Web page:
I had bought the pumpkins just to serve as a pretty porch decoration.
But yesterday, I started feeling a bit guilty about the waste. And so I decided to cook the smaller, more orange pumpkins.
I got home from spin class, and my spouse was game to help. At first it was fun, much like childhood memories of cleaning out the pumpkins to get ready for Halloween.
We decided that the rounder one would make a perfect soup tureen, and so we started it baking once we cleaned it out. The other one we decided to cut into chunks and to grill. We tossed all the seeds with seasonings and cooked them too.
We scooped the sides of the pumpkin tureen from the inside and made some holes. So, we cleaned that pumpkin and added it to a pot with some chicken broth. Unfortunately, I spilled too much basil into the pot. We tried to correct it in so many ways, but each attempt made it worse.
Ultimately we threw it out. So, I suppose in some ways, we wasted more by trying to save the pumpkin, if you think about the chicken broth. Or maybe not, because we did use the seeds.
The grilled pumpkin was not as interesting as I hoped it would be. Even with the mesquite chips being used to grill the ribs, the pumpkin wasn't smoky tasting at all.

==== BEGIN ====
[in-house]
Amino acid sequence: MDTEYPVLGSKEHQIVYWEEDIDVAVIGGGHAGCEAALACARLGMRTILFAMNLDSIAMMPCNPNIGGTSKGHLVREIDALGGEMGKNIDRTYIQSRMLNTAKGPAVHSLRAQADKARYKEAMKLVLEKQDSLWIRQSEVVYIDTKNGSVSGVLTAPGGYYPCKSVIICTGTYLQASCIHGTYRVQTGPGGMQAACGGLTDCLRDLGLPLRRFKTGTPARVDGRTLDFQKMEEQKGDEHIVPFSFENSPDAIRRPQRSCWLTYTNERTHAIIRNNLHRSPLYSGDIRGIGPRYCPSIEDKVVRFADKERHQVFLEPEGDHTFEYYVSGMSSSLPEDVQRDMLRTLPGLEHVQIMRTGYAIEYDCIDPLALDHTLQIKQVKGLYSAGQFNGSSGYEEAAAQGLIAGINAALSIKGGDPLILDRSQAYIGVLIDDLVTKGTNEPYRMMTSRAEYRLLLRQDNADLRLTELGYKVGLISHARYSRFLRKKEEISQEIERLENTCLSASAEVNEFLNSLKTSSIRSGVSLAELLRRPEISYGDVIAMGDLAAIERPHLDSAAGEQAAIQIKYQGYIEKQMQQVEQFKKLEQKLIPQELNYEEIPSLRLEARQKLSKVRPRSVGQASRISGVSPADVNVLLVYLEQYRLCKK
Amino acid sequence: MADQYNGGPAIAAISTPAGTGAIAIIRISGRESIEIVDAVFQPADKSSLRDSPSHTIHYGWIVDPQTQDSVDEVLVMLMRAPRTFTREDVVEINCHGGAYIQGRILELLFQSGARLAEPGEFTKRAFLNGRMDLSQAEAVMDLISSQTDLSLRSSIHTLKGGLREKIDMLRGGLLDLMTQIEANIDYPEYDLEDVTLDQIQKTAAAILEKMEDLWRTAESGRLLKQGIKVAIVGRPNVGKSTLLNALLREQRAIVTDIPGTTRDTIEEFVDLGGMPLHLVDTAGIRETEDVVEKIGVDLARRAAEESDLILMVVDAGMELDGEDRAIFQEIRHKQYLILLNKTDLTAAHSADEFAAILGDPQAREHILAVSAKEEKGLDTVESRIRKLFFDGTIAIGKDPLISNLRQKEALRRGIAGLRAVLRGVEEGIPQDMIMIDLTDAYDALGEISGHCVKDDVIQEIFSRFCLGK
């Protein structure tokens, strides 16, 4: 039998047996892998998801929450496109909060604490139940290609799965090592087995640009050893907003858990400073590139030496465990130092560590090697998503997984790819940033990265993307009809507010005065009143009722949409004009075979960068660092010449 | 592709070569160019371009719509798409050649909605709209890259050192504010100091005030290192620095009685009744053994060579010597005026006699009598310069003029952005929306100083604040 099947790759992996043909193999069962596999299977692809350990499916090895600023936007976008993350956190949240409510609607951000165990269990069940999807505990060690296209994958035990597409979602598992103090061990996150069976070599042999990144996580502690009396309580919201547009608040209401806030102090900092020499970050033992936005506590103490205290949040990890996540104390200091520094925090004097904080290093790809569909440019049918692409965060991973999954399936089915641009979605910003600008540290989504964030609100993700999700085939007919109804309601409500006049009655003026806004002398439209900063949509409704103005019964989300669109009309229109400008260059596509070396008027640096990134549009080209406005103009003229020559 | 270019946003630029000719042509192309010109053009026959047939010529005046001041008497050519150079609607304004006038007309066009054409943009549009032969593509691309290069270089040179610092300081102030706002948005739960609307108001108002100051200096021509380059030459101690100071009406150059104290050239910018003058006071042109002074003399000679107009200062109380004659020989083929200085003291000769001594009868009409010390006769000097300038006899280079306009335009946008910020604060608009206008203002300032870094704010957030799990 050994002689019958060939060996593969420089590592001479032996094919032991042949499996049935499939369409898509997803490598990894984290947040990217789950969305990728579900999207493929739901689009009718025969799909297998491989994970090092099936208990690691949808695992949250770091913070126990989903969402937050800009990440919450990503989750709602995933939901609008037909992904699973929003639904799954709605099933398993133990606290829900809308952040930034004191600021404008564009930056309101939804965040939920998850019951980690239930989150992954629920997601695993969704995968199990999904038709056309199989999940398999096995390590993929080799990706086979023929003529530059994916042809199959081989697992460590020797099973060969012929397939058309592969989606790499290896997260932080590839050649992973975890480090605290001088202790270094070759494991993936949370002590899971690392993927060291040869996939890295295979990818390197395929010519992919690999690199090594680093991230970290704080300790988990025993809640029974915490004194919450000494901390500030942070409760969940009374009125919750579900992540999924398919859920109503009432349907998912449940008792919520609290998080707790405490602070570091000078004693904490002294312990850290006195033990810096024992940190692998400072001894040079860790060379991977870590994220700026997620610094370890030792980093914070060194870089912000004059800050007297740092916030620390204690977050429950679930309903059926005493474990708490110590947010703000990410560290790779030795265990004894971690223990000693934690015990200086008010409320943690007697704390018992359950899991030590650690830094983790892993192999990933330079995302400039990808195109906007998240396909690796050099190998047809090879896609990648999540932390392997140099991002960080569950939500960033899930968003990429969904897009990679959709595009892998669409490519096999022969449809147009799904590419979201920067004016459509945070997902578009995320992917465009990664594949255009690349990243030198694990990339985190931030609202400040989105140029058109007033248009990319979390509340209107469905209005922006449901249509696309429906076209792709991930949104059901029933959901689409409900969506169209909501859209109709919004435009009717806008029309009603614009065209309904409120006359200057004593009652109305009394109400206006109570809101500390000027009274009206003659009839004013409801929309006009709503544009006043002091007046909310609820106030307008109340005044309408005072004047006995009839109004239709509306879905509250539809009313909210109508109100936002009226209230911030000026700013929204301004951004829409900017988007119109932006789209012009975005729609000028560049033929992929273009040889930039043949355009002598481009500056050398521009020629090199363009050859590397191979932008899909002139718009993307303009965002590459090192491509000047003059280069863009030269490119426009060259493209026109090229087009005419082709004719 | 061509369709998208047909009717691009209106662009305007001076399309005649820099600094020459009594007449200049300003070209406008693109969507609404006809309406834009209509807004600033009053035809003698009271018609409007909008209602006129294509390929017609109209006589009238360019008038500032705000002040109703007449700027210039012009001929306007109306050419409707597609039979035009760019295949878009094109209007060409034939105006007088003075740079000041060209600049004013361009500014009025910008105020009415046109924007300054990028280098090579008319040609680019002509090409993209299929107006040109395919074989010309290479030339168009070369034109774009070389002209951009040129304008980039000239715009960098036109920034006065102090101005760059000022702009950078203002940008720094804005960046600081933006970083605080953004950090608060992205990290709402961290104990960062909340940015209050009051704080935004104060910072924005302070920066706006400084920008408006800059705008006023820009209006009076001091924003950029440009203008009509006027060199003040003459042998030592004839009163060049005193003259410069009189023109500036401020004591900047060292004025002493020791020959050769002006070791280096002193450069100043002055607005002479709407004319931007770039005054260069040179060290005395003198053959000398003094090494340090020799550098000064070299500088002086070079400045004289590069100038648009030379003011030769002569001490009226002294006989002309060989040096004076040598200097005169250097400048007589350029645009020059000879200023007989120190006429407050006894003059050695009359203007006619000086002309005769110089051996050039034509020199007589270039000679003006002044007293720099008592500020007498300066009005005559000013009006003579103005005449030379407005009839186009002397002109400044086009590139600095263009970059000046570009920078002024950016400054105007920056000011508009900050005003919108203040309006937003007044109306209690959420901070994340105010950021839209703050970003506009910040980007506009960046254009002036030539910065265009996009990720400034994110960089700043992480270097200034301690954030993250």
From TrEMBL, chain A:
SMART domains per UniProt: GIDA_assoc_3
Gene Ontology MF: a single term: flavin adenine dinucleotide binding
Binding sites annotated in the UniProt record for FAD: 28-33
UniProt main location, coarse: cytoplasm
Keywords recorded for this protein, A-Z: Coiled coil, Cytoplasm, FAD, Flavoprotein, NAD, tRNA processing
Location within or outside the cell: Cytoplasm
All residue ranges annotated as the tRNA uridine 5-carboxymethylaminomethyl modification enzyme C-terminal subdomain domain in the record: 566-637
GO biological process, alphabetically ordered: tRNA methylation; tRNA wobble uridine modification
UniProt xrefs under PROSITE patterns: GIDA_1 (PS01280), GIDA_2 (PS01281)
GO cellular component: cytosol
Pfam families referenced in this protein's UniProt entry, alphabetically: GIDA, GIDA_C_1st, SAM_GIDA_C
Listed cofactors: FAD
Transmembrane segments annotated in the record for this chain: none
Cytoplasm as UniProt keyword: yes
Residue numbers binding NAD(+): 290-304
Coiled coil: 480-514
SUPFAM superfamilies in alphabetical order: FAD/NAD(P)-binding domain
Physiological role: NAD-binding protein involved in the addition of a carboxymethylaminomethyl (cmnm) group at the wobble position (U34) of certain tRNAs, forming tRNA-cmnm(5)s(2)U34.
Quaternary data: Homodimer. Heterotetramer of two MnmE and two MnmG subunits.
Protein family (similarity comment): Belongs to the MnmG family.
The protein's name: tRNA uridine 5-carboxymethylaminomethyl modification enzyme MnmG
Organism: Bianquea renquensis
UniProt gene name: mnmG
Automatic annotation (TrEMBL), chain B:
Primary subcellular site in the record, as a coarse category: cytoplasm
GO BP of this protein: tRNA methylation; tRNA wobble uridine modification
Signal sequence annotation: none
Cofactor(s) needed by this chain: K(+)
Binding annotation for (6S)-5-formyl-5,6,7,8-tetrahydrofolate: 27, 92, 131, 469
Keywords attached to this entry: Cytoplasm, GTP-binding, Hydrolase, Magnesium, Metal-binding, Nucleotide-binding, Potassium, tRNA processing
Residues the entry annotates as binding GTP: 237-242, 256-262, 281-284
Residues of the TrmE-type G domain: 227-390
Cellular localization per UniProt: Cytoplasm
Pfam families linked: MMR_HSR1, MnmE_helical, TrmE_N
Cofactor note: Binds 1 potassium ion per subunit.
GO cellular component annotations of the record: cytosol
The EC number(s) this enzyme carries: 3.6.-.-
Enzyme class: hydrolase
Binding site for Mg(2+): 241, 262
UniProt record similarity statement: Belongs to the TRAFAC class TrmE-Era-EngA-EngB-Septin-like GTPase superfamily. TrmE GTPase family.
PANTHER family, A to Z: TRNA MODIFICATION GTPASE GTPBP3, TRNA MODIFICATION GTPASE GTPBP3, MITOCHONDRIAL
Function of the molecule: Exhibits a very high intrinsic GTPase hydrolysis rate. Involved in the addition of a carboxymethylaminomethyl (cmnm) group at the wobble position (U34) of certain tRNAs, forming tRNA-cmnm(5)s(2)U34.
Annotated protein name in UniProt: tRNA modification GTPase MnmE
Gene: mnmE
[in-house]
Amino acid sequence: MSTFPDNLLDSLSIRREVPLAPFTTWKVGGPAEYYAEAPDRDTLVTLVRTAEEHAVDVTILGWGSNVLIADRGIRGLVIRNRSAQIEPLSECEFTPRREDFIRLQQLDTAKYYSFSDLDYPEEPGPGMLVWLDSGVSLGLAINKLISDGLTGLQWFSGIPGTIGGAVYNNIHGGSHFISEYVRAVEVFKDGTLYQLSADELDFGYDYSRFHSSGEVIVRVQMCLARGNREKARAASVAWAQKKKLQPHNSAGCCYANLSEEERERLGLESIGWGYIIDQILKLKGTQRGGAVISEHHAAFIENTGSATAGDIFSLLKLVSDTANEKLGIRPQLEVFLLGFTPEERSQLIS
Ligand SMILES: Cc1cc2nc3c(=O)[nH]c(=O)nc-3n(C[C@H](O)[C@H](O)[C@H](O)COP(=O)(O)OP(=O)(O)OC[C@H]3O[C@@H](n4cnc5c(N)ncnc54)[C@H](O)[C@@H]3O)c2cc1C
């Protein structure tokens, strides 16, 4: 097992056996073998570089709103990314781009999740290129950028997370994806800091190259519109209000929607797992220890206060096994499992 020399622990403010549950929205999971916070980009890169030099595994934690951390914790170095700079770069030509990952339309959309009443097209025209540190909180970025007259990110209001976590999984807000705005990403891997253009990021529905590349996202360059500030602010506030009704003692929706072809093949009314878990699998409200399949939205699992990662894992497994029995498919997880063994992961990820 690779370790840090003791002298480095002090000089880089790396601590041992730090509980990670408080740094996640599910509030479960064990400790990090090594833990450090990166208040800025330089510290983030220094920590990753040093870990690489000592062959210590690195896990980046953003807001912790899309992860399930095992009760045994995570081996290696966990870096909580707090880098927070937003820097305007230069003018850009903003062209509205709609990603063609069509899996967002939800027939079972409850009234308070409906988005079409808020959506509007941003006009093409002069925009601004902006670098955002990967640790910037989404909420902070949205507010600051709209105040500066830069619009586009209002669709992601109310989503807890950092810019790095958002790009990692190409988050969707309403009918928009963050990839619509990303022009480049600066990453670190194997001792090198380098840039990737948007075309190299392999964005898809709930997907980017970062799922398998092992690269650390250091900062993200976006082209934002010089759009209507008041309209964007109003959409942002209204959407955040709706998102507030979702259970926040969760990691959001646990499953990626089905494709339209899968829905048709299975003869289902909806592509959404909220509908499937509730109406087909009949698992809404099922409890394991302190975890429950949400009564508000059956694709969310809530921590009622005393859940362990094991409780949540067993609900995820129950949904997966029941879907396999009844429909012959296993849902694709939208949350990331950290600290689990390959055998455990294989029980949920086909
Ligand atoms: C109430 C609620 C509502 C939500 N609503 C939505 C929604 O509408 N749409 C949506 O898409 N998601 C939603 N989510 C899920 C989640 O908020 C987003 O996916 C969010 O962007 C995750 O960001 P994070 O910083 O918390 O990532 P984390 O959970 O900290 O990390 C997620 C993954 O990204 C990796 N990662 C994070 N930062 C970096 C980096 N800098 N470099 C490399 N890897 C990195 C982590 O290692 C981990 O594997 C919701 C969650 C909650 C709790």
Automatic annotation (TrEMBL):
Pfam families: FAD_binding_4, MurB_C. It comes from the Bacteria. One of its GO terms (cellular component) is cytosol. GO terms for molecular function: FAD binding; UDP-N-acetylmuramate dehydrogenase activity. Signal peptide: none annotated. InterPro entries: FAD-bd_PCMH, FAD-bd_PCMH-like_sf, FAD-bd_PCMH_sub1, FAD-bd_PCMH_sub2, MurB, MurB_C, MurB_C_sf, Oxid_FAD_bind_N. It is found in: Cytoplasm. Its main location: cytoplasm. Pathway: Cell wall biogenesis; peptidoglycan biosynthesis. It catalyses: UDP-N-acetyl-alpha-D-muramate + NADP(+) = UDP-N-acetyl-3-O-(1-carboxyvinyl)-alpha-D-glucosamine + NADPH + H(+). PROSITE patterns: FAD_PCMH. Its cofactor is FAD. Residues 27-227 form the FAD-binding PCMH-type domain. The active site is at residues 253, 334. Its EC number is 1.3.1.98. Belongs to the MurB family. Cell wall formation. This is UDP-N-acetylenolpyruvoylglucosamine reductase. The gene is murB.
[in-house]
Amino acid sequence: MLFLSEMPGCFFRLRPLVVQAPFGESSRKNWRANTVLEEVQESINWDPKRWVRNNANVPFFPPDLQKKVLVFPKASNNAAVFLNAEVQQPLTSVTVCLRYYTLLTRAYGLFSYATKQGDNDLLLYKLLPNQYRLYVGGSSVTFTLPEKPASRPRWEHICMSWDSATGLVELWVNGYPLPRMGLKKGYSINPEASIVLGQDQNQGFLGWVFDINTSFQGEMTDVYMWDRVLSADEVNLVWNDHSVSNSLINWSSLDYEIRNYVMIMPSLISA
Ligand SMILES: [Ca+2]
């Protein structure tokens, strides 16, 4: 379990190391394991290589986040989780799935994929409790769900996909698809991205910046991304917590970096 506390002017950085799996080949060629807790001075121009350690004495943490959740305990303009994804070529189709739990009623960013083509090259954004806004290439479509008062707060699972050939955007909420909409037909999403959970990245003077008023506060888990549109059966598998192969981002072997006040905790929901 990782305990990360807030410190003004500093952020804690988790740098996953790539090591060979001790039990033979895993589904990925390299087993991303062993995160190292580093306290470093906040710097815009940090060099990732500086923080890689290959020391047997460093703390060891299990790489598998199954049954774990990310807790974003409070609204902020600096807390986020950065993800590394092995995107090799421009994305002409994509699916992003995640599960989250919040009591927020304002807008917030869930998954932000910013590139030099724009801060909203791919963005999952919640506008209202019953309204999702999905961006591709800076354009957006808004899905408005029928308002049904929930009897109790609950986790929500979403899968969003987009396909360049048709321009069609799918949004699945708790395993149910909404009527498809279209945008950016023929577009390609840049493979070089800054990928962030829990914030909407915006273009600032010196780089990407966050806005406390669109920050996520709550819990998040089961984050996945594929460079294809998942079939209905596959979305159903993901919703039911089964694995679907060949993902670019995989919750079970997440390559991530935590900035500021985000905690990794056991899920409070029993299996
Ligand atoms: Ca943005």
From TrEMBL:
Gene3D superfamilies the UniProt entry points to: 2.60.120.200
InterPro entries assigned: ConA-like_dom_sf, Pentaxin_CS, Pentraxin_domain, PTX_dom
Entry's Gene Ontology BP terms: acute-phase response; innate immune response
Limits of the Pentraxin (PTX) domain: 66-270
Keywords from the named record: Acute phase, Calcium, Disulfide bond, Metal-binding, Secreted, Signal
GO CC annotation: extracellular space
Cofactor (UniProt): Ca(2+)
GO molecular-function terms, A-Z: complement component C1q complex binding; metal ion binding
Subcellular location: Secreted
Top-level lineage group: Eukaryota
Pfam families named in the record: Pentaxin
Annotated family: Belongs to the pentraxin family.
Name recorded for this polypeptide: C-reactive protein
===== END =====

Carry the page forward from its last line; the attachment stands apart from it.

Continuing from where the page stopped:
Plus, it wasn't really cooked well enough to blend into a puree. So I cooked it down with more water and put it in the freezer when it was done. In the end, I finished with about a can's worth of pumpkin.
So, let me count the dishes dirtied to redeem these pumpkins: 3 cookie sheets, a big soup pot, a smaller pan that cooked the grilled pumpkin chunks while I was still trying to save the soup, the blender, various knives, cutting boards that were dirtied and washed again and dirtied again, a colander, various spoons . . . I felt like I spent much of yesterday washing dishes and washing dishes and washing more dishes.
Let me count the energy used--the non-human energy that is. We used the oven and 2 stove burners. We used electricity for the blender. We used the grill, but we'd have been using it yesterday. We used a lot of electricity to heat the water to clean the dishes. Our carbon footprint was large to prevent 2 pumpkins from going to the landfill.
And at the end, a pile of pumpkin seeds and a cup or two of pumpkin puree.
Perhaps for the other 2 pumpkins, I'll take them to a wildlife area near a boat launch and hurl them into the undergrowth. Will they nourish the land? Perhaps.
A hundred years from now, will people wonder how a pumpkin patch came to be so close to the sea?
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